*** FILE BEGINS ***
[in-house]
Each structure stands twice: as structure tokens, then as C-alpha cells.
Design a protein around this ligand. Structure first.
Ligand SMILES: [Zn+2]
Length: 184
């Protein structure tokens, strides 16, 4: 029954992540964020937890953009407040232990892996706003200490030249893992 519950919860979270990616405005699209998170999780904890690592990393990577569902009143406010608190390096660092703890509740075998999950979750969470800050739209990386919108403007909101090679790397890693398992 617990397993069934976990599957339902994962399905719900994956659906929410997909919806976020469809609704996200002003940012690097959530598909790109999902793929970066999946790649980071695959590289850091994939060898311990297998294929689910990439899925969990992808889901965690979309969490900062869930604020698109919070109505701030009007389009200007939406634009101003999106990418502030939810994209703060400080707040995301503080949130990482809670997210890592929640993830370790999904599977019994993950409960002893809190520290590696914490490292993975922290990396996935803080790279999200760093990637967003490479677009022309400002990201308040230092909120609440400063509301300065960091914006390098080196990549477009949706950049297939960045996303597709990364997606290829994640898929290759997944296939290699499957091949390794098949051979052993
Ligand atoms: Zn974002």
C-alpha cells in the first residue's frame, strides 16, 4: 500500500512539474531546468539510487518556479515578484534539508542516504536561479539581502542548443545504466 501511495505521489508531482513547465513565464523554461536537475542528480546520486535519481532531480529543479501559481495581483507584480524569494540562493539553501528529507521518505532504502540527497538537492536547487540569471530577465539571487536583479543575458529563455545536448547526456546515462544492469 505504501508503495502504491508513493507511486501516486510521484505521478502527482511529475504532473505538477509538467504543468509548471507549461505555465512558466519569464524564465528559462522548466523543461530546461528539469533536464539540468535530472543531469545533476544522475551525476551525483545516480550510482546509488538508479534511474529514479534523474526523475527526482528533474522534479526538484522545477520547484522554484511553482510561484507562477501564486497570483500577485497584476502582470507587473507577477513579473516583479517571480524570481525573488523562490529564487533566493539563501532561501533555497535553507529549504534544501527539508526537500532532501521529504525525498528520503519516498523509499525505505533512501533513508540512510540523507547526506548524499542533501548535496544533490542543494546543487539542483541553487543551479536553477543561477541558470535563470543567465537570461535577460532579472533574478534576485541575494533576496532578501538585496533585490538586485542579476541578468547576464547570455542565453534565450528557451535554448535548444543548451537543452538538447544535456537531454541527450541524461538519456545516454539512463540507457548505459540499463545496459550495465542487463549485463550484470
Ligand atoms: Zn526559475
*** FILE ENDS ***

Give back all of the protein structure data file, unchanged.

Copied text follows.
[in-house]
Each structure stands twice: as structure tokens, then as C-alpha cells.
Design a protein around this ligand. Structure first.
Ligand SMILES: [Zn+2]
Length: 184
């Protein structure tokens, strides 16, 4: 029954992540964020937890953009407040232990892996706003200490030249893992 519950919860979270990616405005699209998170999780904890690592990393990577569902009143406010608190390096660092703890509740075998999950979750969470800050739209990386919108403007909101090679790397890693398992 617990397993069934976990599957339902994962399905719900994956659906929410997909919806976020469809609704996200002003940012690097959530598909790109999902793929970066999946790649980071695959590289850091994939060898311990297998294929689910990439899925969990992808889901965690979309969490900062869930604020698109919070109505701030009007389009200007939406634009101003999106990418502030939810994209703060400080707040995301503080949130990482809670997210890592929640993830370790999904599977019994993950409960002893809190520290590696914490490292993975922290990396996935803080790279999200760093990637967003490479677009022309400002990201308040230092909120609440400063509301300065960091914006390098080196990549477009949706950049297939960045996303597709990364997606290829994640898929290759997944296939290699499957091949390794098949051979052993
Ligand atoms: Zn974002």
C-alpha cells in the first residue's frame, strides 16, 4: 500500500512539474531546468539510487518556479515578484534539508542516504536561479539581502542548443545504466 501511495505521489508531482513547465513565464523554461536537475542528480546520486535519481532531480529543479501559481495581483507584480524569494540562493539553501528529507521518505532504502540527497538537492536547487540569471530577465539571487536583479543575458529563455545536448547526456546515462544492469 505504501508503495502504491508513493507511486501516486510521484505521478502527482511529475504532473505538477509538467504543468509548471507549461505555465512558466519569464524564465528559462522548466523543461530546461528539469533536464539540468535530472543531469545533476544522475551525476551525483545516480550510482546509488538508479534511474529514479534523474526523475527526482528533474522534479526538484522545477520547484522554484511553482510561484507562477501564486497570483500577485497584476502582470507587473507577477513579473516583479517571480524570481525573488523562490529564487533566493539563501532561501533555497535553507529549504534544501527539508526537500532532501521529504525525498528520503519516498523509499525505505533512501533513508540512510540523507547526506548524499542533501548535496544533490542543494546543487539542483541553487543551479536553477543561477541558470535563470543567465537570461535577460532579472533574478534576485541575494533576496532578501538585496533585490538586485542579476541578468547576464547570455542565453534565450528557451535554448535548444543548451537543452538538447544535456537531454541527450541524461538519456545516454539512463540507457548505459540499463545496459550495465542487463549485463550484470
Ligand atoms: Zn526559475